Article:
The two filed a class-action lawsuit against Facebook and Cognizant on Wednesday, alleging the companies made content moderators work under dangerous conditions that caused debilitating physical and psychological harm and did little to help them cope with the traumas they suffered as a result. Jeudy also has filed a discrimination charge against Cognizant with the Equal Employment Opportunity Commission.

The lawsuit says the two companies ignored the very safety standards they helped create. It also alleges that Facebook’s outsourcing relationship with Cognizant is a way for the social media giant to avoid accountability for the mental health issues that result from moderating graphic content on the platform.

A leaked document shows TikTok waited to report a livestreamed suicide on its app in order to get its PR strategy in place. The company’s goal was to make sure the video didn’t go viral. That’s … not terrible. But waiting three hours to call the police sure is. Paulo Victor Ribeiro at The Intercept reports:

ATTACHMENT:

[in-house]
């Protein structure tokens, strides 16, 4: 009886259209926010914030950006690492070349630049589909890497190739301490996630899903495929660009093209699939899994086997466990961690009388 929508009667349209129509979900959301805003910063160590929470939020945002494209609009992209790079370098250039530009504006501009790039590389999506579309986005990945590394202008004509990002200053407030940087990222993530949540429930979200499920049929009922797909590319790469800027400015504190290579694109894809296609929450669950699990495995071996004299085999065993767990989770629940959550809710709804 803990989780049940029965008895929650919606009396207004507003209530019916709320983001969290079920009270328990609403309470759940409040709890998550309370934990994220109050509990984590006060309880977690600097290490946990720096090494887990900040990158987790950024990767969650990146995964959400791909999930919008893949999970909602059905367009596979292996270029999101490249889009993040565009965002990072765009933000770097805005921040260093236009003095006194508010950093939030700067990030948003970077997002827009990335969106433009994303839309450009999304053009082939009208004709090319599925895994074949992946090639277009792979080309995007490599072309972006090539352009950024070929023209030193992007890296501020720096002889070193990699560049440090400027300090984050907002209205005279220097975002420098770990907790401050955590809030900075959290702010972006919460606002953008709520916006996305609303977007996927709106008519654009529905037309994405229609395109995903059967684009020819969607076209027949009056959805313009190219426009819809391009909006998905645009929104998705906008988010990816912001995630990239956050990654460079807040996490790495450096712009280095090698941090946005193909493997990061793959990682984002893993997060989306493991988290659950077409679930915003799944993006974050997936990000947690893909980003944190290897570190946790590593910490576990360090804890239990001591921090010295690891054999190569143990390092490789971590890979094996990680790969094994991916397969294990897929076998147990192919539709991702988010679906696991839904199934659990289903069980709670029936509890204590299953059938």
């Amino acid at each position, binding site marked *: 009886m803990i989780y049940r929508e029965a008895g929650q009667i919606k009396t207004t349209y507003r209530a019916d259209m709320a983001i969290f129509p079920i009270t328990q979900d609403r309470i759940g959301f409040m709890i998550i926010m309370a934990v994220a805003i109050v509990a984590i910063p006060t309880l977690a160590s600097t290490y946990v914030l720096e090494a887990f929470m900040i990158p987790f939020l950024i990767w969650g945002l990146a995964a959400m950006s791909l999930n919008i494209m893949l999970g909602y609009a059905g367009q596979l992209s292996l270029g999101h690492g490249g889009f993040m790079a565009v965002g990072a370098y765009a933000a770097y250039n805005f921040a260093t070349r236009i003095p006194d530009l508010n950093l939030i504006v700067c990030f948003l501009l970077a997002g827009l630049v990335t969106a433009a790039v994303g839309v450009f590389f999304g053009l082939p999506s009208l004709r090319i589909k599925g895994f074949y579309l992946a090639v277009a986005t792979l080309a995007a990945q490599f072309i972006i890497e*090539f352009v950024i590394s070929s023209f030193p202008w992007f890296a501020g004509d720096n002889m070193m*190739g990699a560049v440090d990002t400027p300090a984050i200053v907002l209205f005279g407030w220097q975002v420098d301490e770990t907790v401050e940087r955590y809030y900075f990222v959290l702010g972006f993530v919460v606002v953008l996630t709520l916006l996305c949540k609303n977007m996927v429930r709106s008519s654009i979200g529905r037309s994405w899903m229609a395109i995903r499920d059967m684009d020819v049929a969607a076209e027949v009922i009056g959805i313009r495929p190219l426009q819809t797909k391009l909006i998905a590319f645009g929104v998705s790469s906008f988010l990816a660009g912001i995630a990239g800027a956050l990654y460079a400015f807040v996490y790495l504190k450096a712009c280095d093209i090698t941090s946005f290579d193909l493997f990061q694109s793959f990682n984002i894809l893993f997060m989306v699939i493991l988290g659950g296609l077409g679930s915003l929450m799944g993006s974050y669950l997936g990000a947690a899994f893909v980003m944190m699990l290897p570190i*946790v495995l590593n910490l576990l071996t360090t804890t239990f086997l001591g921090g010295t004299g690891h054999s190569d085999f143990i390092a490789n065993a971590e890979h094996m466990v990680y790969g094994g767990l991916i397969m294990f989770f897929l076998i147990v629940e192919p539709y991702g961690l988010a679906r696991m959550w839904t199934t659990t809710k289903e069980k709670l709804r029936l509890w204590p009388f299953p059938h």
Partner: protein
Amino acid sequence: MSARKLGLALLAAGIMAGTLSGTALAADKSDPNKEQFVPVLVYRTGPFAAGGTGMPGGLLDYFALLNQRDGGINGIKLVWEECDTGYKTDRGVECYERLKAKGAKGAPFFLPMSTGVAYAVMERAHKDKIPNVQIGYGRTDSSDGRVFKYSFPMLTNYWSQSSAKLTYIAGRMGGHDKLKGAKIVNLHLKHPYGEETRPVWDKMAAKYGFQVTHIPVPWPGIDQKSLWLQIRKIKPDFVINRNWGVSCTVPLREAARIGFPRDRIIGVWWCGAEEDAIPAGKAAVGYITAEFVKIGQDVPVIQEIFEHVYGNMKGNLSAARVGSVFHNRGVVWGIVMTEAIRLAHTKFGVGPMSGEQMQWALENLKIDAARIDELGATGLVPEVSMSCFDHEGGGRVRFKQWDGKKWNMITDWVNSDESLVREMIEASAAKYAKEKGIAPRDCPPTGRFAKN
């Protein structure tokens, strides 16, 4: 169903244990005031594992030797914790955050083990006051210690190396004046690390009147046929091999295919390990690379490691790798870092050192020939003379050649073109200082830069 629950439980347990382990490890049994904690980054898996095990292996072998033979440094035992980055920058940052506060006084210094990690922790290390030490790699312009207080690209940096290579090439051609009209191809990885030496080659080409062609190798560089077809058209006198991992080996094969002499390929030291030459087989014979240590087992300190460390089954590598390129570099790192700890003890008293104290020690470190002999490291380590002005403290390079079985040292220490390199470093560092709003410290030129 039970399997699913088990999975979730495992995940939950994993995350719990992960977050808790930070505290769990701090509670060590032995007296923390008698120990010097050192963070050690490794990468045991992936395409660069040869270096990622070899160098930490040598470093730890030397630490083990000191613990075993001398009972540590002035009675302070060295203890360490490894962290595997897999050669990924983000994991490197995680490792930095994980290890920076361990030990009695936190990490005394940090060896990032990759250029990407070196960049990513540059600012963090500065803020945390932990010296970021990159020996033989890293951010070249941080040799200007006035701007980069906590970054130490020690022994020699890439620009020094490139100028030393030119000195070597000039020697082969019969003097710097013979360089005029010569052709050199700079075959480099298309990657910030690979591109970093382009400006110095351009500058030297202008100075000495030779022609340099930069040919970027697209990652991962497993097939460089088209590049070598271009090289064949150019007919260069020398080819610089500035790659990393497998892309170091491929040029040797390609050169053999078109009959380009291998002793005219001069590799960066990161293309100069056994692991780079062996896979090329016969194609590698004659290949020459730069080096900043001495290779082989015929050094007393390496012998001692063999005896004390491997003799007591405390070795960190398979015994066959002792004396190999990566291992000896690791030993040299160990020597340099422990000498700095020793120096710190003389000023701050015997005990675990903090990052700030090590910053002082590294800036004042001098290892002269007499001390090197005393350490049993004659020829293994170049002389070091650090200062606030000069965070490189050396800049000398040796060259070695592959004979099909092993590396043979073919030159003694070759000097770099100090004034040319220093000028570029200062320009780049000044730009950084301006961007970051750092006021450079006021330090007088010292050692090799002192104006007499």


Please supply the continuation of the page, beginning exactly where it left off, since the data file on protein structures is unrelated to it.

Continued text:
In the statement for users, TikTok said that it was “extremely sad about this tragedy” and guaranteed that its top priority was to “foster a secure and positive environment on the application.” The company wrote, “We have measures in place to protect users from misusing the app, including simple mechanisms that allow you to report content that violates our terms of use.” Insofar as these mechanisms exist, however, they had clearly not worked as well as advertised. […]

According to the ByteDance source, TikTok’s chief of operations in Brazil and Latin America advised employees of the Brazilian office not to say anything about what had occurred. “Her orders were clear: ‘Don’t let it go viral,’” the source told me.